I referred to the 24 hr classroom in this post, but I think this notion of “learning time” needs further explaining because I don’t want to imply that I want people to be “in school” for 24 hrs. Far from it. Thus the title of this post gets archived under the “on reading” series.
The explanation is relevant to “schooling” and time. In an older essay, I put out some ideas on computer conferencing as an aid in “extending” the classroom beyond its traditional scope, playing with the idea that the square classroom limits rather than enhances intellectual pursuit. I find it absurd that we expect students to learn what can be learned about a subject in 15 weeks, four to six hours per week, especially when the “ethic” of learning is really about the grade and the credit, which amounts to equating a grade with a commodity. Most of the students in my classes–not all, mind you, and not always to an absolute degree–really only want to get through the course with a B or better and then move on to the next credit, regardless of the subject. Students do the best they can to “get” the grade they want not to “learn” the material which is the best way perhaps of making the grade. In graduate school I never worried about a grade because I was so involved in showing my teachers that I knew what I was talking about.
In all of this, I blame no one, and maybe I’m being presumptuous. But I talk to too many teachers who lament “how” their students navigate higher education, and I lament it myself. Blame isn’t the point. Typically, we’re thrilled with the “personhood” of students–that is, as people they’re just as interesting, smart, and likeable as any I’ve known.
First, I read the environment and the history students bring with them. Did anyone like school as a child? Maybe the early grades, when recently everything is colors, playtime, and nice posters (note that I’ve followed my daughter’s education fairly closely and know pretty well what’s going on now in her high school. It was never this way for me, posters, play, and fun: I always hated school and would never want to be “young” again). For the yunguns, though, “school” will “happen.”
Attitudes aside, the very presence of “school” in one’s history is an incredible influence on basic human experience of the world. Not to beat this to death, but I remember driving home from a college course just after graduating high school and having this realization: “It’s 10 AM, September, and I’m driving home. What the hell am I supposed to be doing with myself?” (I had been trained that from 8 to 3 I should be in school, the prime destination of youth in our culture.)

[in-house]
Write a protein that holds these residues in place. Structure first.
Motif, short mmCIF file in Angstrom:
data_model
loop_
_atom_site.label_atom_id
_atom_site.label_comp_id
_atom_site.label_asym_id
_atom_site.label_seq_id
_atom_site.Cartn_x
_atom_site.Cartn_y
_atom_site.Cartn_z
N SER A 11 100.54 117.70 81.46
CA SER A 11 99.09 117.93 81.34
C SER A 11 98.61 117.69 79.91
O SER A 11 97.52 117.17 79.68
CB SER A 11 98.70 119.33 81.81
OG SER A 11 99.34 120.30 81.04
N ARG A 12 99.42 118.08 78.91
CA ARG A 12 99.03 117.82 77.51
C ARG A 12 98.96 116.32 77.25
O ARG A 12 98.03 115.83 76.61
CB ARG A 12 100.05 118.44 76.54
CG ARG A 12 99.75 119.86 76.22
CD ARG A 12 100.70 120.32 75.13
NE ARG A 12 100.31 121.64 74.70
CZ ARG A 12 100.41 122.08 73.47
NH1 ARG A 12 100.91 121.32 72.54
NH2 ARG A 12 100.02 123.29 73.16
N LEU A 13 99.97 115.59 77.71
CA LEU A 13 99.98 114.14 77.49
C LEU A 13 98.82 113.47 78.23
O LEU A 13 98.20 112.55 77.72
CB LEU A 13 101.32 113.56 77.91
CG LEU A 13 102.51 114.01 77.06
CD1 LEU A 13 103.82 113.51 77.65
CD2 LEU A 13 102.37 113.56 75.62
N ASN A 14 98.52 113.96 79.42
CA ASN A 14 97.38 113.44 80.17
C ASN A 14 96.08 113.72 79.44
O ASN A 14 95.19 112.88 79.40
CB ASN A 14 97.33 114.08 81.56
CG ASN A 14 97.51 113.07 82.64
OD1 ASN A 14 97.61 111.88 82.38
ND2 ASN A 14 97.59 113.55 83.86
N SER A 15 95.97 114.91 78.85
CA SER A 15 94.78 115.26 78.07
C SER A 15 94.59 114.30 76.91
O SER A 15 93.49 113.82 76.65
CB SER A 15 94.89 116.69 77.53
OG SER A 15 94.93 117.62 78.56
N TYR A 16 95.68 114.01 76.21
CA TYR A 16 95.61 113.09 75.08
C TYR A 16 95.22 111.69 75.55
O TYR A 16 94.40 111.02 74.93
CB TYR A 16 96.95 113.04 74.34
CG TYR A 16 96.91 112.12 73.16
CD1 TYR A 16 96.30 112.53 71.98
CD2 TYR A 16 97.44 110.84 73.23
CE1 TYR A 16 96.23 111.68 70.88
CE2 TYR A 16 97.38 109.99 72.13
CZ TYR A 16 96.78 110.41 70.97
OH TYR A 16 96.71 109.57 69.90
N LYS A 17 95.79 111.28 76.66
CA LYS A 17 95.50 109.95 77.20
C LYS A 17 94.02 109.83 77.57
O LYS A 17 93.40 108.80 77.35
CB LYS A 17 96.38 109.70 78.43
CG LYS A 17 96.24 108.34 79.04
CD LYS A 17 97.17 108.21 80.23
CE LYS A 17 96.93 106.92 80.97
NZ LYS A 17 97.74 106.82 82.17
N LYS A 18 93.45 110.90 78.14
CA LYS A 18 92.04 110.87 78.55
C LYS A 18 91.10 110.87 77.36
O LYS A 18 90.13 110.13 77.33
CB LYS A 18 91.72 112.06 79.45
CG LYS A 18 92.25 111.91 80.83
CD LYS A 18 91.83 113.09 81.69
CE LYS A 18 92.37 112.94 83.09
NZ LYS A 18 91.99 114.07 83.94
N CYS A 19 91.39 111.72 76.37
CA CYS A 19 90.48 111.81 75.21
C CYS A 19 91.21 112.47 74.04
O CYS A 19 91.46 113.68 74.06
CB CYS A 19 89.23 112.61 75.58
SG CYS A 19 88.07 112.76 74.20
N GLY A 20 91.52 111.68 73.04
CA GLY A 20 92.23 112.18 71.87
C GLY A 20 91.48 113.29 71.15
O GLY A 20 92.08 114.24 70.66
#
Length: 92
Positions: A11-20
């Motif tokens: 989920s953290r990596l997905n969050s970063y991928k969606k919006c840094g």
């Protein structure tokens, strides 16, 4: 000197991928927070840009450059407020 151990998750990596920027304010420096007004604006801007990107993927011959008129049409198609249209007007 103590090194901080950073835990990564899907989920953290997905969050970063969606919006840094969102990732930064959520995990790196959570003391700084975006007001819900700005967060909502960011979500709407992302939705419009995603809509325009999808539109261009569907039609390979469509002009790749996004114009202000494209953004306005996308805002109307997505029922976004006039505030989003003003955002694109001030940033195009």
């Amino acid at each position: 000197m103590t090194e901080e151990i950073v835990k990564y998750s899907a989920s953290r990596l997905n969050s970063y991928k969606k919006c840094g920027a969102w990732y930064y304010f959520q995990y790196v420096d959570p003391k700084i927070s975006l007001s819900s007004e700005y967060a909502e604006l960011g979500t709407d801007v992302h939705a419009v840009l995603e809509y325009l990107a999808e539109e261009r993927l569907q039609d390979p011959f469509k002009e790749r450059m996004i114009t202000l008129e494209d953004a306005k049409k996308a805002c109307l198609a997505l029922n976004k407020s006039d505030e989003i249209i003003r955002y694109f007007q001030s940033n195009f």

More importantly, early school experience “shapes” how we think about a “learning space” in general, “learning space” defined as a “place” where one is supposed to learn, and any place “beyond” or “outside” that “room” or “hall” is preferrable, typically taking the shape of “summer” time when no “teacher” could force me to work on vocabulary. “Summertime” however always came with reminders that “school” was just around the corner.
In this context, what I’d like to see is “school” blurred away as a shaper of human experience with more of a trend toward intensified learning. Practically speaking, this can be incorporated into college because college is and has been still a “matter of choice.” Compulsory education calls for a rigidity to its structure which forms a burden on learning. The more colleges act “compulsory,” the more they will take on the shape of secondary education, impeding education, in the sense that Blake judged hindrances–as in
I went to the Garden of Love
And saw what I never had seen:
A Chapel was built in the midst,
Where I used to play on the green.
As I build my reading list, I’m thinking about the effect of ancillary texts; how do I create a list that will lead to the building of another list by the reader. We come away from “school” with a body of knowledge and attitudes. But does this body suggest a hypertextual tree of life? Do we leave high school ready to add to what we know, to seek out “more” or to change it? Or do we leave relieved, ready for something different, wanting to forget the past? An excellent read should be like an excellent fajita, an “experience” you want to pursue and refashion and consider on your own. Personally, one of the interesting things about my memory is the smell of roasting chiles (chee-less: the pronounciation has a lot to do with the smell and the taste in my memory). Some readers think that there may be some knowledge out there that they need to “get,” some fruit that they have yet to experience, that will help them understanding things better. It may be that, as Plato would say, it’s the pursuit of one thing to the next, a building on the first “discrete/non-discrete” element due to the second that adds a little color to the fruit.
You read a poem. Then a second. The first unfolds a little more. The first adds to the second. Then comes the third and the first and second are dashed against the rocks.